Everyone loves romanticism. A close cousin of Gothic literature, romanticism places value on raw emotions–particularly apprehension, horror, terror, and awe–in lieu of scientific rationalism. Women, children, tortured heroes, and the pure, unadulterated glories of nature feature in the sentimental tales of the romantic literature. Chances are you have heard of the romantics: William Wordsworth, Samuel Taylor Coleridge, John Keats, Nathaniel Hawthorne, and, of course, the Gothic romantic Edgar Allen Poe.
Fox’s new show The Following spins the popularity of romanticism and Edgar Allen Poe into the inspiration for deranged, yet charismatic serial killing literature professor Joe Carroll (spelled like Lewis Carroll of Alice in Wonderland). While on death row Carroll escapes, thanks to the assistance of a prison guard groupie, and it is up to the man who put him away the first time, down-on-his-luck former FBI agent Ryan Hardy (like The Hardy Boys) to stop Carroll a second time.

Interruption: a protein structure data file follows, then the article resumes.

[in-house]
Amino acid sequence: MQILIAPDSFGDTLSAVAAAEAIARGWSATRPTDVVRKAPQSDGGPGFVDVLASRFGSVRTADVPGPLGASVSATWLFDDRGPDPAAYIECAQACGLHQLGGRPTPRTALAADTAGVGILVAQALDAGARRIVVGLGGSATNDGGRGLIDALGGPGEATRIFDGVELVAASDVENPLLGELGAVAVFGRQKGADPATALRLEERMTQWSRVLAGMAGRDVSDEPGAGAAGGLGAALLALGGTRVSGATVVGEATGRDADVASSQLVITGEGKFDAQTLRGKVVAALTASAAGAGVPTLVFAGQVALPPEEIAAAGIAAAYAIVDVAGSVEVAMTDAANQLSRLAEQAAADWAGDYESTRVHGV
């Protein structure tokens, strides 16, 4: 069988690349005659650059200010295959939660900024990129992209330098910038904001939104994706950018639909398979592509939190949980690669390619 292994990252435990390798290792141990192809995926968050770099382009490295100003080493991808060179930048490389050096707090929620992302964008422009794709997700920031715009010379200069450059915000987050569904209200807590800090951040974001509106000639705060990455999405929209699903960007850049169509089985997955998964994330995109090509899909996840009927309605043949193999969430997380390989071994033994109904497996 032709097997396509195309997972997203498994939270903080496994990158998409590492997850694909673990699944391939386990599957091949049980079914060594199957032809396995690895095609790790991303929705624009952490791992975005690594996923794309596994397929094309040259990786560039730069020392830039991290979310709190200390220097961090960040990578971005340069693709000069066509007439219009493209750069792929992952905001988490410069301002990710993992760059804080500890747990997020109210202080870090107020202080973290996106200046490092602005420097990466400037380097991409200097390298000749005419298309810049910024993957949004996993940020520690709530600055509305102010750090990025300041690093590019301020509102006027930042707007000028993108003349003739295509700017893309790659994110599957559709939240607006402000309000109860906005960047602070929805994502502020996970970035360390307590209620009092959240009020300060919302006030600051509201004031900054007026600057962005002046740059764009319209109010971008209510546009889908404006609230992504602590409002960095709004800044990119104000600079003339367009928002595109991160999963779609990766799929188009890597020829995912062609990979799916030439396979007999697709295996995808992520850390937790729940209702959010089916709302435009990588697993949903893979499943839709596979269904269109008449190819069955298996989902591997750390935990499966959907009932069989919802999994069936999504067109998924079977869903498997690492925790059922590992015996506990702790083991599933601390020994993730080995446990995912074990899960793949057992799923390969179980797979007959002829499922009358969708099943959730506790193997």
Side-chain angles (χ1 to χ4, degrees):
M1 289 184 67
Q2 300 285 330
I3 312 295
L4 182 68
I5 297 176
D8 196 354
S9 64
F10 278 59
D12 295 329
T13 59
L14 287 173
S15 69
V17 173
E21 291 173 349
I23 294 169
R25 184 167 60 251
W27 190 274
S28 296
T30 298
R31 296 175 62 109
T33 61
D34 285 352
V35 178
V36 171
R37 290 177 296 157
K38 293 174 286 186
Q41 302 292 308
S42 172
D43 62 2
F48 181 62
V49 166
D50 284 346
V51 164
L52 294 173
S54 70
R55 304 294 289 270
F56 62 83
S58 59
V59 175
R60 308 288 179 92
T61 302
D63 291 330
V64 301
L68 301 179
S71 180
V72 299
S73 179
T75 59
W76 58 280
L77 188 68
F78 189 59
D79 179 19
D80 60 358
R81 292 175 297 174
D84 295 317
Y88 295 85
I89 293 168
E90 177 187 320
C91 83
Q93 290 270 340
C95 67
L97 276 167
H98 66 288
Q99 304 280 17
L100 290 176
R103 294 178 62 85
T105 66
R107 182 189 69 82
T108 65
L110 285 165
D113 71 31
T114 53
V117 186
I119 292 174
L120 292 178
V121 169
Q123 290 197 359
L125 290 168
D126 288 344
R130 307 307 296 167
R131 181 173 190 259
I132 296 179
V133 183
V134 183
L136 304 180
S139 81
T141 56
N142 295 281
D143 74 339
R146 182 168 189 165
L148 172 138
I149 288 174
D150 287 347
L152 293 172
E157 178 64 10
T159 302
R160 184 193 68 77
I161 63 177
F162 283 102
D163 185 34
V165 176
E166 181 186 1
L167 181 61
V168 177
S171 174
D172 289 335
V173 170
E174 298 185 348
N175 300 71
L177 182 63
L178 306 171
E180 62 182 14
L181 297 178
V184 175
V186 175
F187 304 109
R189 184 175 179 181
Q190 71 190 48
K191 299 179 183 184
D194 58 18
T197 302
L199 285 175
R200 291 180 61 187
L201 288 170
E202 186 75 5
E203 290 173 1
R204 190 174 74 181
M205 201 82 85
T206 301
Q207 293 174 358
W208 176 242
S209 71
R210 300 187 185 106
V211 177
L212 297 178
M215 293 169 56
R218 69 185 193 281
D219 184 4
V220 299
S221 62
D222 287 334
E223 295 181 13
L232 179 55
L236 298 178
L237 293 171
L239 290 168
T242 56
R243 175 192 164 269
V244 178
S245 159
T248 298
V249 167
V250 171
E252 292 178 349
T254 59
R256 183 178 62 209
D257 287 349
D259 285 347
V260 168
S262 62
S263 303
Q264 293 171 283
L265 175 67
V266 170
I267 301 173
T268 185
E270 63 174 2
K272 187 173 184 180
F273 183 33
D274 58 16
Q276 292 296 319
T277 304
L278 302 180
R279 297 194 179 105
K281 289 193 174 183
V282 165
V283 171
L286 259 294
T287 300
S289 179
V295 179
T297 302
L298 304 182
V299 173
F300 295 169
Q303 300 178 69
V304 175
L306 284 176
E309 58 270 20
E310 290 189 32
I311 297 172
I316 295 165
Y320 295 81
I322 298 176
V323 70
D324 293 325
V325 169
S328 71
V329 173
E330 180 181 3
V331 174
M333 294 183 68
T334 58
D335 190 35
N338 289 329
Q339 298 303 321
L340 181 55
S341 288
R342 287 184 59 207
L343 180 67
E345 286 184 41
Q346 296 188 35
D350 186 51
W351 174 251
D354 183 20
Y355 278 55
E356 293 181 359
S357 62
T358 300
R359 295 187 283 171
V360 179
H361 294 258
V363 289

This, however, will be more difficult than meets the eye. Carroll’s idealization of death and vision of killing as art, along with his social media savvy, have built him an army of followers–a network of serial killers at his beck and call.
In the dark genius of Carroll’s mind, he is creating the ultimate homage to Edgar Allen Poe, spinning the perfect crime thriller in real life to be played out before the masses.
Fans of Poe will enjoy the smart–if fleeting–references to the famed author and his vision, if not the gory consequences.
I am personally excited to see how the concept of a serial killer social media network will play out in future episodes and how romanticism will work its way into the plot of The Following.
If the first episode, which aired Monday January 21, is any indication, The Following promises to be a tense, action-packed psychological thriller built on an intriguing premise.